Bryan Helmig

Co-founder of Zapier, speaker, musician and builder of things.

Don’t feel like setting up Jenkins you lazy bum? Fine. Try this on for size: use a Github service hook to ping a Django view which runs a bash script out of process. Sound like a bad idea? Probably, but bad is a relative thing you see… here’s how:

  • Gonna need the at command. Do that now: apt-get install at
  • Gonna need two bash scripts: delay_deploy.sh and deploy.sh
  • Gonna need a view to receive the hook

First, let’s do the deploy.sh script:

#!/bin/bash
 
cd /path/to/repo
git pull origin master
service apache2 restart
# or anything else you might need

Second, let’s do the delay_deploy.sh script:

#!/bin/bash
 
at -f '/path/to/deploy.sh' now

If you have a standard Django/Apache/mod_wsgi setup, we will have a problem running this script from a view because Apache is running under a non-root user (as it should be). Usually it is under the user www-data, but you can double check with ps aux | grep apache. The same holds for Nginx, lighttpd, etc…

Third, let’s permit www-data (or whoever) to sudo delay_deploy.sh (which will running a static, out of process command via at). This requires editing the /etc/sudoers file, so nano /etc/sudoers and add this line:

www-data ALL= NOPASSWD: /path/to/delay_deploy.sh

Now, www-data can run delay_deploy.sh as root, but only delay_deploy.sh and nothing else. This is much safer that allowing www-data to run /usr/bin/at or something more generic. Also, don’t forget to run chmod +x on both scripts.

The reason you can’t just hit the deploy.sh script is pretty simple: the server will wait on the command to finish, but the command will kill the server. Not good. So our two script method fixes this: the delay script triggers an out of process deploy script. Also, its good to keep sudo power very, very specific.

Fourth, let’s work on that view. I’ll leave it up to the reader to decide where to put it and how to secure it (hint: maybe check for a regularly changed secret GET param key and restrict to Github’s IP address):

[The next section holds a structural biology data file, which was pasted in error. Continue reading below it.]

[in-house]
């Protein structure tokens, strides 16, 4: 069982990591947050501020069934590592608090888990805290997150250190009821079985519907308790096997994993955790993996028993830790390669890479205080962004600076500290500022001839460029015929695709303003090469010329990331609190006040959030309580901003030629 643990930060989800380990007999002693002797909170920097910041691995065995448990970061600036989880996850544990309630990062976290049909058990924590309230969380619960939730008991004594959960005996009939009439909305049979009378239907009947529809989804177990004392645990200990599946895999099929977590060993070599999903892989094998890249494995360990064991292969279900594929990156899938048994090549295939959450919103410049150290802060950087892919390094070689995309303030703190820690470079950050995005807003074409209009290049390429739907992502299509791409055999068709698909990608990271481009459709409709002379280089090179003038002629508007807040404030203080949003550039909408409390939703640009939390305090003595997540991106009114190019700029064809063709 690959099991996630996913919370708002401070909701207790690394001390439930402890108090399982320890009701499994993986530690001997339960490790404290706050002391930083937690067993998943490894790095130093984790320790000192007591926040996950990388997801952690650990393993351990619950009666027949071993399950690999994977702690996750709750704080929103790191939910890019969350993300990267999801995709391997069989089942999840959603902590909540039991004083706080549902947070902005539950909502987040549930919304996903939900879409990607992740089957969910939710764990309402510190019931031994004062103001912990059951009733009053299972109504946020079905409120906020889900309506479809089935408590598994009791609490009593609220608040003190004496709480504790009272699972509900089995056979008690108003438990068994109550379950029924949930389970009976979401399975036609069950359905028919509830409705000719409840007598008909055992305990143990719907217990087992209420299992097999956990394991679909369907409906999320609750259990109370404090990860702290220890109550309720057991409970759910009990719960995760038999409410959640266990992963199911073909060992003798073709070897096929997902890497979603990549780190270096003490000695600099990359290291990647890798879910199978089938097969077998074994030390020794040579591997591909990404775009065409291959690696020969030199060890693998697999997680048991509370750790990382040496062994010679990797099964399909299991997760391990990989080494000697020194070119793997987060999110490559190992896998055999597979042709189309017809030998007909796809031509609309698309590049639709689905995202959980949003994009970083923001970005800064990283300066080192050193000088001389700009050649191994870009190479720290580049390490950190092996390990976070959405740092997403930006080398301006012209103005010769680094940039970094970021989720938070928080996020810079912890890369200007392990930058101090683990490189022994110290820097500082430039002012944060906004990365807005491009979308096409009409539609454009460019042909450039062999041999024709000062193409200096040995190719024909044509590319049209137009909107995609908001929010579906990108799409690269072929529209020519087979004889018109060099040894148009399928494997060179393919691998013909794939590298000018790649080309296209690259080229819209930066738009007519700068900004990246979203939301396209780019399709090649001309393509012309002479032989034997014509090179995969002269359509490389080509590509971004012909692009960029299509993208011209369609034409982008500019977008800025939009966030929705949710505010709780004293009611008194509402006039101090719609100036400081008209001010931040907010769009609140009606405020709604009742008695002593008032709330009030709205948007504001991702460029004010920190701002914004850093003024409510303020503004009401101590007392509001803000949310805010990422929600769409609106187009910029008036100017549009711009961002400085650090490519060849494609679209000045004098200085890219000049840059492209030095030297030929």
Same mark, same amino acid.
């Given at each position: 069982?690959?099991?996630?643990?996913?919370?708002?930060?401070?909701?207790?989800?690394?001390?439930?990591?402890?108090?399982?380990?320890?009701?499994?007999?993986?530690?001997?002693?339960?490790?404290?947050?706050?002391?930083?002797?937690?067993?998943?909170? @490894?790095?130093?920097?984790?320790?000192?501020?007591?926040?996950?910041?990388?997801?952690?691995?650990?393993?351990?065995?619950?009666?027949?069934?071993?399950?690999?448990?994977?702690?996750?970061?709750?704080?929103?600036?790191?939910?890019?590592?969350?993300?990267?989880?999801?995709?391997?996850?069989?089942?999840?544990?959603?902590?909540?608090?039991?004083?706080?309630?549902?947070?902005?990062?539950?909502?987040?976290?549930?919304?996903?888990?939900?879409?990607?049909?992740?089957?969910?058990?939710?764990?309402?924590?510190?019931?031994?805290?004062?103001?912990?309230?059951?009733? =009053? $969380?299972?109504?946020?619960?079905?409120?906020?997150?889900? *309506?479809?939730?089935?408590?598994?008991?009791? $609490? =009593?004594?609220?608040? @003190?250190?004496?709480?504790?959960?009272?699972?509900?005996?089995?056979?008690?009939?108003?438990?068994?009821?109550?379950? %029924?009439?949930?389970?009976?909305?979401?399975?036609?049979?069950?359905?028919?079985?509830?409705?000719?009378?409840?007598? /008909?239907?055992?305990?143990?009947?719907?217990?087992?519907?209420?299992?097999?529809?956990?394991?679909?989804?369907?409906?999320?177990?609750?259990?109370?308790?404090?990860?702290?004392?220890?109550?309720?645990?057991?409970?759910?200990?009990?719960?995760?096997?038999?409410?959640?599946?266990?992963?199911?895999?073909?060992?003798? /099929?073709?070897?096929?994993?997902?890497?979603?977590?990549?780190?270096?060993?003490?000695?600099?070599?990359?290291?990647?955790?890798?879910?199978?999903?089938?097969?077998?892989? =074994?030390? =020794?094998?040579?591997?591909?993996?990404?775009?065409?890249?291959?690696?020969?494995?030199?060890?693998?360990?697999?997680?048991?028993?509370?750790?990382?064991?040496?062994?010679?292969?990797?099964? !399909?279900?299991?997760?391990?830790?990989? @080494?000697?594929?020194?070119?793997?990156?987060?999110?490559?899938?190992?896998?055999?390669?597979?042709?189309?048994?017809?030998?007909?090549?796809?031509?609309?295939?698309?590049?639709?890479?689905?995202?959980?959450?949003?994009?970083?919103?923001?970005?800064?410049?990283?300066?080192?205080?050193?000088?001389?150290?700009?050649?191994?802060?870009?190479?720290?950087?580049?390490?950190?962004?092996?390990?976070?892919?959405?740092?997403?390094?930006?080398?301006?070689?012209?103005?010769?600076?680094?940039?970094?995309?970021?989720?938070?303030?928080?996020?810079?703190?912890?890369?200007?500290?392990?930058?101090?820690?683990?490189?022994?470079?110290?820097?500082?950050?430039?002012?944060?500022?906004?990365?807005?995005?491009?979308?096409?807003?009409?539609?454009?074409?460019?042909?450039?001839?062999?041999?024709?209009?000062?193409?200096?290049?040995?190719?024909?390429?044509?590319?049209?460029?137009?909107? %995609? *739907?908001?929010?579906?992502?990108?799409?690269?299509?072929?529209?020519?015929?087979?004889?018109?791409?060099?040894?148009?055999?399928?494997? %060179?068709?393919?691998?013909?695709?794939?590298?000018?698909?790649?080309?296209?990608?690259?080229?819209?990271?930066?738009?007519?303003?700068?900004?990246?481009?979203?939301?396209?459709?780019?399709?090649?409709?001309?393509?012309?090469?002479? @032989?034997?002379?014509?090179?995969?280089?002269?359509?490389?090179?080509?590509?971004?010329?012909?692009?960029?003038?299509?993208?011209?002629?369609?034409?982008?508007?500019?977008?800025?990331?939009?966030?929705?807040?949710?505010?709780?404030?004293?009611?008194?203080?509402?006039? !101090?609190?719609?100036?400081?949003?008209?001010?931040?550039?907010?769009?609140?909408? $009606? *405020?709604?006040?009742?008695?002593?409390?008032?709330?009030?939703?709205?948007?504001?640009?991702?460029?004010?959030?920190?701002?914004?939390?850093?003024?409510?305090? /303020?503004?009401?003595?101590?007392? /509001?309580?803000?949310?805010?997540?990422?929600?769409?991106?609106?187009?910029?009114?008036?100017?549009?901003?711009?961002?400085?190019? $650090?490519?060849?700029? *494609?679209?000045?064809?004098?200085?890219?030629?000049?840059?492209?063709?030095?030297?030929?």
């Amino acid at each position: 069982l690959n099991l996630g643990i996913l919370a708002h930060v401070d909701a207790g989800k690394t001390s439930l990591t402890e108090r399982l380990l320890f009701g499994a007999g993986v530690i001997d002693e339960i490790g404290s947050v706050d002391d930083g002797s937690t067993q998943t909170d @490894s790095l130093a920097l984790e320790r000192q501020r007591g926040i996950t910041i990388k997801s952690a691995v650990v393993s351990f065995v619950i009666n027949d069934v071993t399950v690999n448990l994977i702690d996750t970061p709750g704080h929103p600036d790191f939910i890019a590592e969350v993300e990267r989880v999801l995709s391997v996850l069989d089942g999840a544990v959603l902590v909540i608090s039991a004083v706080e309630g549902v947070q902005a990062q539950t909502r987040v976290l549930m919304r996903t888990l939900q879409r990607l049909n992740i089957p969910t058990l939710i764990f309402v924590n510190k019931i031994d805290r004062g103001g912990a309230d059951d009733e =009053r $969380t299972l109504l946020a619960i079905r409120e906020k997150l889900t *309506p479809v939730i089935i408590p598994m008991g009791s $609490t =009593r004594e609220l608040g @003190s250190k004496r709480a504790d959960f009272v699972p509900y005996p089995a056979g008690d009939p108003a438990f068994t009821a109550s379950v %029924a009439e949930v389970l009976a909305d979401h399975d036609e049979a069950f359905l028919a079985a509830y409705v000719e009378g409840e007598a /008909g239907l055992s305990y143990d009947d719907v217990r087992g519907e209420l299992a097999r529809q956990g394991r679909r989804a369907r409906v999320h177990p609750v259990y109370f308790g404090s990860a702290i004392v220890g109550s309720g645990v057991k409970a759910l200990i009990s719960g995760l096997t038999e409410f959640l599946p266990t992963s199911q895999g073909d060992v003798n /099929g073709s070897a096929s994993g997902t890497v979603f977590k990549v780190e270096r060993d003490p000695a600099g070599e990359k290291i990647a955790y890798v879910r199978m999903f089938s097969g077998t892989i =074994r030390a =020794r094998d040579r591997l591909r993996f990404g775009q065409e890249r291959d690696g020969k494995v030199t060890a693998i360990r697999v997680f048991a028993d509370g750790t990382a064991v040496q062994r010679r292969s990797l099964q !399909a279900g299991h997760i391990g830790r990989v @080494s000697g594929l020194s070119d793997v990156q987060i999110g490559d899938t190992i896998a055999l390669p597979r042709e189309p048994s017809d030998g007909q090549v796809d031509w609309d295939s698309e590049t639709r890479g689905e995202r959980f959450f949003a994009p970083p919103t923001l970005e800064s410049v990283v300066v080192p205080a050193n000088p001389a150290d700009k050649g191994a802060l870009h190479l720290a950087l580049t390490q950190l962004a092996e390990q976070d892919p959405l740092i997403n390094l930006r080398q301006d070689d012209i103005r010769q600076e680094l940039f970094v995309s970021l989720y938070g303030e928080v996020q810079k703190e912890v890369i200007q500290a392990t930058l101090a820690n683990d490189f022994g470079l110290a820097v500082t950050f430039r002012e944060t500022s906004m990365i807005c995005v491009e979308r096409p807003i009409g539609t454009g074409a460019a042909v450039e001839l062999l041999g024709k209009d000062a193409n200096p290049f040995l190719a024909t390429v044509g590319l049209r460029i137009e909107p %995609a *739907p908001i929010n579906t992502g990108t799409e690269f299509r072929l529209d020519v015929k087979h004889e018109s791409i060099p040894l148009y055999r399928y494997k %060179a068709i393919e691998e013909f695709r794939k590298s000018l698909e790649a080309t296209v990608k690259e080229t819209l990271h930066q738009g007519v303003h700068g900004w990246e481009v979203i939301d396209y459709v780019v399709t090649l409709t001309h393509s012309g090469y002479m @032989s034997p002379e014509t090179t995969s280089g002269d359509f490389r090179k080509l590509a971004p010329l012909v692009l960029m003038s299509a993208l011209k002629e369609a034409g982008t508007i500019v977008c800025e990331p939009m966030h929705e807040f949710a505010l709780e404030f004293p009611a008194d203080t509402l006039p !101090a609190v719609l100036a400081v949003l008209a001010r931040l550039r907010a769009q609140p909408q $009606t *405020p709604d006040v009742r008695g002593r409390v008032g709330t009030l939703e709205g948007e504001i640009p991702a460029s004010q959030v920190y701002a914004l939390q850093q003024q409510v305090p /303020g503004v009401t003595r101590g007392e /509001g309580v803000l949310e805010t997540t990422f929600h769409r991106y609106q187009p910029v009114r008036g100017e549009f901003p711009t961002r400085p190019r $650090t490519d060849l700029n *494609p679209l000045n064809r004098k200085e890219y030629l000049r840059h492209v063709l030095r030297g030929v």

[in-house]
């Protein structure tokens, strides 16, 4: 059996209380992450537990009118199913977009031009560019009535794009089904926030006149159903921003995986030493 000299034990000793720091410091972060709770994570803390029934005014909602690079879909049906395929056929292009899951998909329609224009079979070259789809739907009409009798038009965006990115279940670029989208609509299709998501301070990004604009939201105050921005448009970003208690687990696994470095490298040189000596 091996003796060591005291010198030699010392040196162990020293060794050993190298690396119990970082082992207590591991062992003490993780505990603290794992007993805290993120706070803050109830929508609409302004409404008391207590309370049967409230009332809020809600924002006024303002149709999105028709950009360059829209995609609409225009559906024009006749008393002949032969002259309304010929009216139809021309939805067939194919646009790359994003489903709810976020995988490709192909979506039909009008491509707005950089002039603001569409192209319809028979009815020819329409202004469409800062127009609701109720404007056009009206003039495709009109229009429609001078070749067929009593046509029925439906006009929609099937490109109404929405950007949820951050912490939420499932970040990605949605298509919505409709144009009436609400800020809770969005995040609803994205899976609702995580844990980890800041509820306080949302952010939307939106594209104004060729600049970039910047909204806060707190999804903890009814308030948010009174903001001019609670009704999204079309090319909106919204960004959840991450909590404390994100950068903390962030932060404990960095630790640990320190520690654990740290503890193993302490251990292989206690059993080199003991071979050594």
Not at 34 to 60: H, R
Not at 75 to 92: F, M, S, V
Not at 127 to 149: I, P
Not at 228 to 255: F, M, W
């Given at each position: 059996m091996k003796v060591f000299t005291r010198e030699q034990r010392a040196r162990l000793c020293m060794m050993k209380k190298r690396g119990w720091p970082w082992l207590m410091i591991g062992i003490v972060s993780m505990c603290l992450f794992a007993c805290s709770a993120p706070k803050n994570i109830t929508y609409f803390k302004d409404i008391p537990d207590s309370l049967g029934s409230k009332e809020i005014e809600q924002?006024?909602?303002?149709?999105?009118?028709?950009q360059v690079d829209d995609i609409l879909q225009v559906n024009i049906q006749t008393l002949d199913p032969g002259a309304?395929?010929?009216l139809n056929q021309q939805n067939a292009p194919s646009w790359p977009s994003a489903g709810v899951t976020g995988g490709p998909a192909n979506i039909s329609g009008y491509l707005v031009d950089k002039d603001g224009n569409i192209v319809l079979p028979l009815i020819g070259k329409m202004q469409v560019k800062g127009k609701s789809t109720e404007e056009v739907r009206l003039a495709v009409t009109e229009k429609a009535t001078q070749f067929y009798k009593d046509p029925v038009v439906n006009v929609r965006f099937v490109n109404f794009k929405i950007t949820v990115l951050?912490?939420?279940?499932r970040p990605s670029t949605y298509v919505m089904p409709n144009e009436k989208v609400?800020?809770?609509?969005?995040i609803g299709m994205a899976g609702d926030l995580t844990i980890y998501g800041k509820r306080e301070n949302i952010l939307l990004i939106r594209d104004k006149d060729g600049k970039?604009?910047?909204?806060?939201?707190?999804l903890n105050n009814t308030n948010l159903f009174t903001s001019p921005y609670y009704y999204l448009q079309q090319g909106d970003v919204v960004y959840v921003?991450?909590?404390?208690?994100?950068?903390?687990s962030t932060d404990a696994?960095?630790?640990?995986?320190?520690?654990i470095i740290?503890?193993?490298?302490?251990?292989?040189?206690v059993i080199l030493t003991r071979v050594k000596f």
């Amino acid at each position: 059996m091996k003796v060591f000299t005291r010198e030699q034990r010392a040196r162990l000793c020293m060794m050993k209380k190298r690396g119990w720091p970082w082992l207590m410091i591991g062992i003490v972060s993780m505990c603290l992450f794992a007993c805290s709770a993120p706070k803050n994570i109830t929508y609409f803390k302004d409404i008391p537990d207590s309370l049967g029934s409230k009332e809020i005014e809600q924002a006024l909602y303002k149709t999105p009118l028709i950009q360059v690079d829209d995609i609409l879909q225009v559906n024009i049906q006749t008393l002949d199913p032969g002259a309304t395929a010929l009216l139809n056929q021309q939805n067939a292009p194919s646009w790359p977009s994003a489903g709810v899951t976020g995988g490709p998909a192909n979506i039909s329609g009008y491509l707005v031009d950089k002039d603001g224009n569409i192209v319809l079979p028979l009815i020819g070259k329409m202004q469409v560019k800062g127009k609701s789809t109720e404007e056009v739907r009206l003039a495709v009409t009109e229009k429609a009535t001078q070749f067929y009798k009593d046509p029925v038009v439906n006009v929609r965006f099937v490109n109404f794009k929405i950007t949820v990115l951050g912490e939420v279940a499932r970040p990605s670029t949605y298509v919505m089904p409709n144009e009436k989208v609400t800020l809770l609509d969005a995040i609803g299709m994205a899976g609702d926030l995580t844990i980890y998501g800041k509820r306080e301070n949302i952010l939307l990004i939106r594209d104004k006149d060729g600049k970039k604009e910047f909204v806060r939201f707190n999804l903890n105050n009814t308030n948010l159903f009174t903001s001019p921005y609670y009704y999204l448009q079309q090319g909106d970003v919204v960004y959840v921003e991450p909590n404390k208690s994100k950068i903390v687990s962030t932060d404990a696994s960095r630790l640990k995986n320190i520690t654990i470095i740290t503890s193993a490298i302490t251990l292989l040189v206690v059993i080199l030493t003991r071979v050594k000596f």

from django.views.decorators.csrf import csrf_exempt
 
@csrf_exempt
def do_deploy(request):
    """
    Smile. Life's just gotten easier.
    """
    import simplejson
    import subprocess
 
    from django.http import HttpResponse, Http404
 
    if request.method != 'POST':
        raise Http404
 
    if not 'payload' in request.POST.keys():
        raise Http404
 
    # might raise 404 if secret GET key isn't good 
    # or requesting IP isn't whitelisted 
 
    payload = simplejson.loads(request.POST['payload'])
 
    out_json = {'status': 'failed'}
 
    # only trigger if master branch receives a commit
    if payload['ref'] == 'refs/heads/master':
        # DO NOT use any user input when calling scripts, as
        # this is naughty enough already
 
        subprocess.call('sudo /path/to/delay_deploy.sh', shell=True)
        out_json['status'] = 'success'
 
    return HttpResponse(simplejson.dumps(out_json), content_type='application/json')

Fifth, and finally, set up your Post Receive Hook or custom Service Hook with Github to hit the URL for the above view. If you need to debug, check out hurl.it for some handy dandy POST testing action.

Another warning: letting HTTP requests trigger sudo’d events is very, very dangerous. While as far as I know, this particular method is mostly safe, it most certainly isn’t best practices. Light me up in the comments.


Posted December 20, 2011 @ 4:32 pm under Work.